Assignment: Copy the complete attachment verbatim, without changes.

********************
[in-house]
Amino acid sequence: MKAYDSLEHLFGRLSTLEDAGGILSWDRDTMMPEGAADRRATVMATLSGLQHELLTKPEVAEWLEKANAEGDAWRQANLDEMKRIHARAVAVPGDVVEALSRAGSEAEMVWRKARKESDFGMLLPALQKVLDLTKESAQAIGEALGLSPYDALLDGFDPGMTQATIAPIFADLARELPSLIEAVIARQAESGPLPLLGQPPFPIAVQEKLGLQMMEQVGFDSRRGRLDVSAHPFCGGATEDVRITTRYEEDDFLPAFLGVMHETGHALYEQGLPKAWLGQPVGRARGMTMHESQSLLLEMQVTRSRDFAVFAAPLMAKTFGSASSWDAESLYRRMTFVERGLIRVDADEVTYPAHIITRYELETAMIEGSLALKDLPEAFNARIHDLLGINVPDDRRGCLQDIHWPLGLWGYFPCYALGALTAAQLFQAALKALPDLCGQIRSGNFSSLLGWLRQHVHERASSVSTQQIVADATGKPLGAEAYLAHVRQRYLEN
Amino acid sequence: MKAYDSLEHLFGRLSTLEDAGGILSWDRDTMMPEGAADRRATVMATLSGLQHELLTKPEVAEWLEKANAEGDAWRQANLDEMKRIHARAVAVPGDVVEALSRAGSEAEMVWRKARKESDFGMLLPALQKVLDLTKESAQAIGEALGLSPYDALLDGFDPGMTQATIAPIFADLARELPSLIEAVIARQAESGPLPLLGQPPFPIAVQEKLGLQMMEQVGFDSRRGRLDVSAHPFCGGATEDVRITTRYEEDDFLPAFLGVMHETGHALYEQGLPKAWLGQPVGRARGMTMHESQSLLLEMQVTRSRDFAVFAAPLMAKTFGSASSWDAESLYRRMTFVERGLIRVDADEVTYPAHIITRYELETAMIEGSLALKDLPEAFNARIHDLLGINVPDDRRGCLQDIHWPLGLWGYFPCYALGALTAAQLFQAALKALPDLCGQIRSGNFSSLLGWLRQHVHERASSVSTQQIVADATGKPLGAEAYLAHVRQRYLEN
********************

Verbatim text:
[in-house]
Amino acid sequence: MKAYDSLEHLFGRLSTLEDAGGILSWDRDTMMPEGAADRRATVMATLSGLQHELLTKPEVAEWLEKANAEGDAWRQANLDEMKRIHARAVAVPGDVVEALSRAGSEAEMVWRKARKESDFGMLLPALQKVLDLTKESAQAIGEALGLSPYDALLDGFDPGMTQATIAPIFADLARELPSLIEAVIARQAESGPLPLLGQPPFPIAVQEKLGLQMMEQVGFDSRRGRLDVSAHPFCGGATEDVRITTRYEEDDFLPAFLGVMHETGHALYEQGLPKAWLGQPVGRARGMTMHESQSLLLEMQVTRSRDFAVFAAPLMAKTFGSASSWDAESLYRRMTFVERGLIRVDADEVTYPAHIITRYELETAMIEGSLALKDLPEAFNARIHDLLGINVPDDRRGCLQDIHWPLGLWGYFPCYALGALTAAQLFQAALKALPDLCGQIRSGNFSSLLGWLRQHVHERASSVSTQQIVADATGKPLGAEAYLAHVRQRYLEN
Amino acid sequence: MKAYDSLEHLFGRLSTLEDAGGILSWDRDTMMPEGAADRRATVMATLSGLQHELLTKPEVAEWLEKANAEGDAWRQANLDEMKRIHARAVAVPGDVVEALSRAGSEAEMVWRKARKESDFGMLLPALQKVLDLTKESAQAIGEALGLSPYDALLDGFDPGMTQATIAPIFADLARELPSLIEAVIARQAESGPLPLLGQPPFPIAVQEKLGLQMMEQVGFDSRRGRLDVSAHPFCGGATEDVRITTRYEEDDFLPAFLGVMHETGHALYEQGLPKAWLGQPVGRARGMTMHESQSLLLEMQVTRSRDFAVFAAPLMAKTFGSASSWDAESLYRRMTFVERGLIRVDADEVTYPAHIITRYELETAMIEGSLALKDLPEAFNARIHDLLGINVPDDRRGCLQDIHWPLGLWGYFPCYALGALTAAQLFQAALKALPDLCGQIRSGNFSSLLGWLRQHVHERASSVSTQQIVADATGKPLGAEAYLAHVRQRYLEN